Esmé is making some great gains these days–I wrote about some of them last week–and, you know, it is just unbelievable to watch. I feel as if all the time these days I am wiping tears from my eyes and lifting my jaw off the floor.

Today one of these moments happened as I was bringing Esmé in from the car. I had unloaded the groceries and the thousand or so bags of Esmé’s things while she sat in the garage in her carseat. I need her to wait in the seat so I know she is safe while I’m running back and forth, but she does not want to sit in there any longer than necessary. So she complains whilst I carry on a conversation with her as I make trips to and from the car–letting her know where I am and what to expect…”two more trips Bezzy,” I say “Then I’m coming for you!” 

This is our routine.

I’m used to talking to myself in this way…I do it all of the time. But this time was different. Let me tell you about the conversation I just had with my daughter:

After unloading everything I headed to her saying, “Esmé, where are you?” [giggles] “Oh no! I think I forgot Ezzy somewhere!” [snort] “Oh, there you are Ezzy, Maman is going to bring you in with her now!” [rocks back and forth against the carseat straps] “I’m here. You know Mommy would never forget you!” [tries to push arms out of straps]

“Let’s go in and clean you up and then we will have a nap, ok?” I say as I lift Ez out of the carseat. She drops her little face into the crook of my neck, snuggling in…letting me know she is, in fact, tired.

I repeat myself, “You never have to worry, Maman will never, ever forget you.” She leans back and looks at me as we head into the house. I continue, “Because Maman loves you. She will always come for you.” We pass through the door, I turn and push the door to the almost closed position and say, “Ezzy, can you please close the door for me?” Her tiny little hand darts out and gently pushes the door all the way closed by herself. “Thank you,” I say.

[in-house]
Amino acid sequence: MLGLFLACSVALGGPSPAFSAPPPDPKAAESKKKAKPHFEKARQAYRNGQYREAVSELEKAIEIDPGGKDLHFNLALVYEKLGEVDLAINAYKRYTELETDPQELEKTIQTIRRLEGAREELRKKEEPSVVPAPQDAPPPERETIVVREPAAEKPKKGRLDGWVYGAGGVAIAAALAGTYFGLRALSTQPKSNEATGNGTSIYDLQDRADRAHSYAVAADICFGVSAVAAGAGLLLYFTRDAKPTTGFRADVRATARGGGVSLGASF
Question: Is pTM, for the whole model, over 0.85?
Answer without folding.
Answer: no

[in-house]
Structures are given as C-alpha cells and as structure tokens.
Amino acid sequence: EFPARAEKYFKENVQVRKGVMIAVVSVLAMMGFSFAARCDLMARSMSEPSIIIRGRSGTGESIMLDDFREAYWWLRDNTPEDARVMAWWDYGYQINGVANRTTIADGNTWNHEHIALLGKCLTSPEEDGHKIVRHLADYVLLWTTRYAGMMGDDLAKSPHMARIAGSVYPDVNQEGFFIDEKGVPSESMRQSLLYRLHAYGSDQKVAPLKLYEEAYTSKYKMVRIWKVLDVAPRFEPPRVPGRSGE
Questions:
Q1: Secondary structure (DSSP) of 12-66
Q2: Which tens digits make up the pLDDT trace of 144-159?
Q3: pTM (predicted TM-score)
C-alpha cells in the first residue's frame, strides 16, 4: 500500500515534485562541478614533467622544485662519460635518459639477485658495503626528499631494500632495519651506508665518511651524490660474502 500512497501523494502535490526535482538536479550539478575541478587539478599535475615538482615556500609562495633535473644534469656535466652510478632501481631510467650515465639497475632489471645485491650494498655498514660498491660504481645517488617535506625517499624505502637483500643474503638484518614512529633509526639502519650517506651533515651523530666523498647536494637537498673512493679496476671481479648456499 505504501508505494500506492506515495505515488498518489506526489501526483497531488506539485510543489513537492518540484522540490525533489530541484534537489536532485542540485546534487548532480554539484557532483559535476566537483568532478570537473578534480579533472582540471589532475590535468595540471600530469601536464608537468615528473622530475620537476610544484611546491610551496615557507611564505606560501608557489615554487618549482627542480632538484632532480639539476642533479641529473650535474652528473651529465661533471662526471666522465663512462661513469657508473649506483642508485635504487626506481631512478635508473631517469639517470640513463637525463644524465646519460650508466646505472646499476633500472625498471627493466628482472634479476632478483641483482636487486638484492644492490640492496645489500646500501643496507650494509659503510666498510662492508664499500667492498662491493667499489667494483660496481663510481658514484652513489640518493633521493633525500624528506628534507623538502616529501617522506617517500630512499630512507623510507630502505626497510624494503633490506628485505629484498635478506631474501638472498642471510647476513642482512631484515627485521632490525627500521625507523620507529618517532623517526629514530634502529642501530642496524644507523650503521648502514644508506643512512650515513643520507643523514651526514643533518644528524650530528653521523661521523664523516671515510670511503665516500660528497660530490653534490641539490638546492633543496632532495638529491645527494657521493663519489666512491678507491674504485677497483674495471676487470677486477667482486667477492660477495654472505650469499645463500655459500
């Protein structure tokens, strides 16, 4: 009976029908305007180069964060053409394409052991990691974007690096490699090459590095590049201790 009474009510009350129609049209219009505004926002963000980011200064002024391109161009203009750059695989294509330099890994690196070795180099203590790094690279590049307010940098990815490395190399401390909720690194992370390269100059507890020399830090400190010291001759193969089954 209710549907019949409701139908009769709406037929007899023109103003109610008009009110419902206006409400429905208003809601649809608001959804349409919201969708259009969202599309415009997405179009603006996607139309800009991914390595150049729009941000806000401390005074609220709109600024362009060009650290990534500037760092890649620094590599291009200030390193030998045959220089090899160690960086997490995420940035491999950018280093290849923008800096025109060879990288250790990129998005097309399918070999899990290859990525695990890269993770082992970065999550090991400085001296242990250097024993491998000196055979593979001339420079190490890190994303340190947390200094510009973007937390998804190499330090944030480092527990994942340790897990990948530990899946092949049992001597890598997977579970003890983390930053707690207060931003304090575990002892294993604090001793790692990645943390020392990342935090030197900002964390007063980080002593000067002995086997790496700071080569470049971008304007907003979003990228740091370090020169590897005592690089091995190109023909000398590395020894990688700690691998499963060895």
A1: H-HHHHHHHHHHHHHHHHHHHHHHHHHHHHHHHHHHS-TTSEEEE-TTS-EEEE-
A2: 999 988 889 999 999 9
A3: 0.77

Now, up until this point the conversation was pretty routine…me reassuring her that she need not get upset, telling her what is coming next, asking her to engage in the activity we are doing.

As I slip off my shoes, I say “Esmé, do you know that I love you?” Esmé nods (this is a whole body rock, momentarily threatening her balance in my arms). I say, “I love you more than anyone has loved anyone in the whole history of people loving people” as I lift my hand to her back to stabilize her. She looks at me so clearly, so steadily for a moment. I say, “Do you love Maman?”

She looks at me for a beat with the sweet look that I know says I love you, in the deepest heartfelt way. Then she opens her mouth and says, “Ah, d-d-d-dah, do.”

I do.

As I repeat the words back to her, “I do? Did you tell Maman ‘I do love you?'” she smiles big, her hands clasped at her chest.

Next came a string of sounds that I could not decipher…she may have been saying “No, silly, I was saying ‘let me down’ what is wrong with you?”

But I choose to believe that she said the thing I just know saw in her eyes: Yes, Maman, I said I do love you…and I am so, so proud tell you.

The day my non-verbal daughter spoke back to me, finally


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